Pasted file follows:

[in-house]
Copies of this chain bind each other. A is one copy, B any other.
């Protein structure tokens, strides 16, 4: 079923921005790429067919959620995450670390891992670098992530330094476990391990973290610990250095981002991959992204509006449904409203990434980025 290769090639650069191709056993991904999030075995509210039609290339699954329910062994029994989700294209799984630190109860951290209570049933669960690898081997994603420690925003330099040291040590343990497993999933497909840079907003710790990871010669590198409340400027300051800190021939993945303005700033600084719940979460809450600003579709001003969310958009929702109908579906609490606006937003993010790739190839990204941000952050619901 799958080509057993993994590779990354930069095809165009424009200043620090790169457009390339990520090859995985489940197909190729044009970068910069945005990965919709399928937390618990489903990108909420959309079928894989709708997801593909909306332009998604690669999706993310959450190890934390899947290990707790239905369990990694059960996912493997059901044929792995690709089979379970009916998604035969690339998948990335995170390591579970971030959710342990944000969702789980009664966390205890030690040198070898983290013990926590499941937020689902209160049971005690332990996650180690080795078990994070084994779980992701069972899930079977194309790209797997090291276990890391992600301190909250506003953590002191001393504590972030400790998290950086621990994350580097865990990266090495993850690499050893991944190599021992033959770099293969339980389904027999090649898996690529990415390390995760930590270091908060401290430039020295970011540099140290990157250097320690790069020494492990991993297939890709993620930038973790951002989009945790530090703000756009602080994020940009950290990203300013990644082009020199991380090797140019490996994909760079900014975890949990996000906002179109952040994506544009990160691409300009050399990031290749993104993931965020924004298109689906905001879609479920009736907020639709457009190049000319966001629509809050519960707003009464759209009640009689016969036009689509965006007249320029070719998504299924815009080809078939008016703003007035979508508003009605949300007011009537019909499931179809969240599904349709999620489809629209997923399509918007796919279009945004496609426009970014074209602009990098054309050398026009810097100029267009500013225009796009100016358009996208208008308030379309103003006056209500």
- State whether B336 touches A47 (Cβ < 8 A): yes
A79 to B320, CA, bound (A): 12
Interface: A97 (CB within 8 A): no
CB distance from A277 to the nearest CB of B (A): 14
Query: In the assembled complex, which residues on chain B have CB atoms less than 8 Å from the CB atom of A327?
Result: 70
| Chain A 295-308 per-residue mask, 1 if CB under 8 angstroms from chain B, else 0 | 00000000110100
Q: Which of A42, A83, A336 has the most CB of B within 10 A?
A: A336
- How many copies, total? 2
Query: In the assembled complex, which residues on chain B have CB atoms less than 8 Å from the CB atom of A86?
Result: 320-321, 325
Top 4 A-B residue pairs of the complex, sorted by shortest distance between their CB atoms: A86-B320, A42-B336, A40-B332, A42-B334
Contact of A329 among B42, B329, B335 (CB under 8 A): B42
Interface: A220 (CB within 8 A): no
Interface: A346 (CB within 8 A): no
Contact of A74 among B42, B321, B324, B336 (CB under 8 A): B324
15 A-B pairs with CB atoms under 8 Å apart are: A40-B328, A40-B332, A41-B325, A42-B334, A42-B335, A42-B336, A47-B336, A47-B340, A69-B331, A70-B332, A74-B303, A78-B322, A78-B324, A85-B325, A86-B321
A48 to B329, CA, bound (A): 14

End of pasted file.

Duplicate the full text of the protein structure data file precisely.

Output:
[in-house]
Copies of this chain bind each other. A is one copy, B any other.
């Protein structure tokens, strides 16, 4: 079923921005790429067919959620995450670390891992670098992530330094476990391990973290610990250095981002991959992204509006449904409203990434980025 290769090639650069191709056993991904999030075995509210039609290339699954329910062994029994989700294209799984630190109860951290209570049933669960690898081997994603420690925003330099040291040590343990497993999933497909840079907003710790990871010669590198409340400027300051800190021939993945303005700033600084719940979460809450600003579709001003969310958009929702109908579906609490606006937003993010790739190839990204941000952050619901 799958080509057993993994590779990354930069095809165009424009200043620090790169457009390339990520090859995985489940197909190729044009970068910069945005990965919709399928937390618990489903990108909420959309079928894989709708997801593909909306332009998604690669999706993310959450190890934390899947290990707790239905369990990694059960996912493997059901044929792995690709089979379970009916998604035969690339998948990335995170390591579970971030959710342990944000969702789980009664966390205890030690040198070898983290013990926590499941937020689902209160049971005690332990996650180690080795078990994070084994779980992701069972899930079977194309790209797997090291276990890391992600301190909250506003953590002191001393504590972030400790998290950086621990994350580097865990990266090495993850690499050893991944190599021992033959770099293969339980389904027999090649898996690529990415390390995760930590270091908060401290430039020295970011540099140290990157250097320690790069020494492990991993297939890709993620930038973790951002989009945790530090703000756009602080994020940009950290990203300013990644082009020199991380090797140019490996994909760079900014975890949990996000906002179109952040994506544009990160691409300009050399990031290749993104993931965020924004298109689906905001879609479920009736907020639709457009190049000319966001629509809050519960707003009464759209009640009689016969036009689509965006007249320029070719998504299924815009080809078939008016703003007035979508508003009605949300007011009537019909499931179809969240599904349709999620489809629209997923399509918007796919279009945004496609426009970014074209602009990098054309050398026009810097100029267009500013225009796009100016358009996208208008308030379309103003006056209500």
- State whether B336 touches A47 (Cβ < 8 A): yes
A79 to B320, CA, bound (A): 12
Interface: A97 (CB within 8 A): no
CB distance from A277 to the nearest CB of B (A): 14
Query: In the assembled complex, which residues on chain B have CB atoms less than 8 Å from the CB atom of A327?
Result: 70
| Chain A 295-308 per-residue mask, 1 if CB under 8 angstroms from chain B, else 0 | 00000000110100
Q: Which of A42, A83, A336 has the most CB of B within 10 A?
A: A336
- How many copies, total? 2
Query: In the assembled complex, which residues on chain B have CB atoms less than 8 Å from the CB atom of A86?
Result: 320-321, 325
Top 4 A-B residue pairs of the complex, sorted by shortest distance between their CB atoms: A86-B320, A42-B336, A40-B332, A42-B334
Contact of A329 among B42, B329, B335 (CB under 8 A): B42
Interface: A220 (CB within 8 A): no
Interface: A346 (CB within 8 A): no
Contact of A74 among B42, B321, B324, B336 (CB under 8 A): B324
15 A-B pairs with CB atoms under 8 Å apart are: A40-B328, A40-B332, A41-B325, A42-B334, A42-B335, A42-B336, A47-B336, A47-B340, A69-B331, A70-B332, A74-B303, A78-B322, A78-B324, A85-B325, A86-B321
A48 to B329, CA, bound (A): 14